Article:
A computer researcher in Pakistan discovered how to breach Microsoft Corp.'s security procedures for its popular Internet Passport service, designed to protect customers visiting some retail Web sites, sending e-mails and in some cases making credit-card purchases.
Microsoft acknowledged the flaw affected all its 200 million Passport accounts but said it fixed the problem early Thursday, after details were published on the Internet. Product Manager Adam Sohn said the company was unaware of hackers actually hijacking anyone's Passport account, but several experts said they successfully tested the procedure overnight.
In theory, Microsoft could face a staggering fine by U.S. regulators of up to $2.2 trillion. Under a settlement with the Federal Trade Commission last year over lapsed Passport security, Microsoft pledged to take reasonable safeguards to protect personal consumer information during the next two decades or risk fines up to $11,000 per violation.
The FTC said it was investigating this latest lapse. The agency's assistant director for financial practices, Jessica Rich, said Thursday that each vulnerable account could constitute a separate violation - raising the maximum fine that could be assessed against Microsoft to $2.2 trillion.
"If we were to find that they didn't take reasonable safeguards to protect the information, that could be an order violation," Rich said.
The researcher, Muhammad Faisal Rauf Danka, determined that by typing a specific Web address that included the phrase "emailpwdreset," he could seize any person's Passport account and change the password associated with it.
Danka, who described himself as a private security consultant, said he discovered the flaw after Passport accounts belonging to him and a friend both were hijacked repeatedly. He made certain no one had hacked his own computer, then checked the security for the
Microsoft Web site that controlled Passport accounts.
Danka said he discovered the vulnerability about four minutes after he began searching in earnest.
"It was so simple to do it. It shouldn't have been so simple," Danka told The Associated Press in a telephone interview from Karachi. "Anyone could have done this."
Sohn acknowledged Microsoft should have been rejecting such transmissions from anywhere outside the company's own network. Microsoft shut down the affected Web address late Wednesday night, more than one hour after details were published on the Internet. Those filters were permanently set in place early Thursday, Sohn said.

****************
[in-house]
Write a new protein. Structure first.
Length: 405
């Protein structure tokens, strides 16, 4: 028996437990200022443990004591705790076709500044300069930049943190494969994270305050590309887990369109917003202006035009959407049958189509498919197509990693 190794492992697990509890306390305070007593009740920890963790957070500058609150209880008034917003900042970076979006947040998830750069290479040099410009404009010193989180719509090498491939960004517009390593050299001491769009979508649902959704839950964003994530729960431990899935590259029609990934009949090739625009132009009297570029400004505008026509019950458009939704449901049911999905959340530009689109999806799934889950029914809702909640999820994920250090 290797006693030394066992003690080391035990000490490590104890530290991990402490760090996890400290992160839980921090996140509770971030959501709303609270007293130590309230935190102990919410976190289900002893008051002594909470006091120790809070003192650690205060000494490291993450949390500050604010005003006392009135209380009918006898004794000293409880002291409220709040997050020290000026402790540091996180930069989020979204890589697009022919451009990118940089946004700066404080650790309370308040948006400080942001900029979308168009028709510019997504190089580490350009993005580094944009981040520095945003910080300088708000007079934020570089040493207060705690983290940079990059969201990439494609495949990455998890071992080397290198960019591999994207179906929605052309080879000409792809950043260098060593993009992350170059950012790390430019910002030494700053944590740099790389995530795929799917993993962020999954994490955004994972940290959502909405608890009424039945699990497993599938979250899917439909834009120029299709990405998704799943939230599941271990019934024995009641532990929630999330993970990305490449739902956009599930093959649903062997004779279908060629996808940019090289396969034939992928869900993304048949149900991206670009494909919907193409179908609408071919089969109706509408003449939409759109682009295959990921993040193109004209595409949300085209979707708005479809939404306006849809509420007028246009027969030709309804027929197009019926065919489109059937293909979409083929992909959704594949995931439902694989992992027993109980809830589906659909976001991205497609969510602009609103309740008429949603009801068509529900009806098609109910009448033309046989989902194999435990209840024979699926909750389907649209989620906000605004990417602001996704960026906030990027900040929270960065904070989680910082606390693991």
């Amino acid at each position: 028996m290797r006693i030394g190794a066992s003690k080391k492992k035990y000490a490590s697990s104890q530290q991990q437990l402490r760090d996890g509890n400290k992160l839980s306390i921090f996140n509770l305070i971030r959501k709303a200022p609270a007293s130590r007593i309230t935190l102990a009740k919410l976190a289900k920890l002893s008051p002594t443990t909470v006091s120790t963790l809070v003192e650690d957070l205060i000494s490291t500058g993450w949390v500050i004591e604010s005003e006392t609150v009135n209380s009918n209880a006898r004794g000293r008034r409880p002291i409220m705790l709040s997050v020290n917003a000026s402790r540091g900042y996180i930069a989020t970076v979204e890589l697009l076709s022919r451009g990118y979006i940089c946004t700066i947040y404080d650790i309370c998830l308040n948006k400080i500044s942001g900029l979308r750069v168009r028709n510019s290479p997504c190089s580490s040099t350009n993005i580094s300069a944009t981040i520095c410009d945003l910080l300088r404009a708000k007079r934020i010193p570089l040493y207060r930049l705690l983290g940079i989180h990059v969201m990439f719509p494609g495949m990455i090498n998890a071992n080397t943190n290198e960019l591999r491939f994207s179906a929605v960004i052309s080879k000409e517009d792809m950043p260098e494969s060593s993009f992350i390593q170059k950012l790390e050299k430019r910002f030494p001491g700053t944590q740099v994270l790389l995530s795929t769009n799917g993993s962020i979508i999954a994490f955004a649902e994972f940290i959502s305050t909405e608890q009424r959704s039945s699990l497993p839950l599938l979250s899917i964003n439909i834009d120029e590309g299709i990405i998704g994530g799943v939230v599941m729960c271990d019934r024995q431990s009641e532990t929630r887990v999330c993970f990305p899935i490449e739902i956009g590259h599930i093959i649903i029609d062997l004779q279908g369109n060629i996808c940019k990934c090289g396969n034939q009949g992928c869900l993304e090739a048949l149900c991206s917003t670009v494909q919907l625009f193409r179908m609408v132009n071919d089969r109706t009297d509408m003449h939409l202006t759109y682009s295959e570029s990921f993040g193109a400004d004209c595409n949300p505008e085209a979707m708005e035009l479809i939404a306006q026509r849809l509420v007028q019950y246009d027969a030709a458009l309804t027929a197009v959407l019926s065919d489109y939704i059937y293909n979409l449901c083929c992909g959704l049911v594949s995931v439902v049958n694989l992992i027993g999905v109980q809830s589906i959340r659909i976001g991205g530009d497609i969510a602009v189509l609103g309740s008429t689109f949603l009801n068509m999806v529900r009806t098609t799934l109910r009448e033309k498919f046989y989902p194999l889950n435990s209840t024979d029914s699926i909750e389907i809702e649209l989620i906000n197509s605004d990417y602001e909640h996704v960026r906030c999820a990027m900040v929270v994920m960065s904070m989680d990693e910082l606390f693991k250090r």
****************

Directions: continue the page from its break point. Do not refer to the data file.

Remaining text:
"We didn't validate the input," Sohn said. "We allowed somebody external to do something only the system itself should be doing. Somebody plumbed around ... and figured out they could do this."
Services such as Passport promise consumers a single, convenient method for identifying themselves across different Web sites, encouraging convenient purchases online of movies, music, travel and banking services.
Passport, which is closely tied to Microsoft's flagship Windows XP software, is integral to its most important upcoming technology services. Dozens of retail Web sites use it already, and Passport controls access for Windows users to the free Hotmail service and instant-messaging accounts.
Using Passport, consumers could entrust Microsoft or other organizations to centrally hold their personal information - such as credit card numbers or medical records - and make it available whenever needed.
The FTC last year determined that Microsoft made deceptive claims and misrepresented the security surrounding the design and use of Passport. The FTC found that Microsoft exaggerated promises about its safety.
"The FTC needs to investigate and aggressively enforce the settlement," said David Sobel, a lawyer for the Washington-based Electronic Privacy Information Center. "It's an important test of the government's ability to ensure real security in the handling of personal information. There needs to be consequences for security flaws."
Sobel's privacy group was among those that had made formal complaints about Passport, which led to the FTC settlement.
"If the passport office of any nation in the world had a security record like Microsoft's, no immigration officer would accept their passports," said Jason Catlett, head of Junkbusters Corp., a New Jersey-based privacy organization that also had complained to the FTC.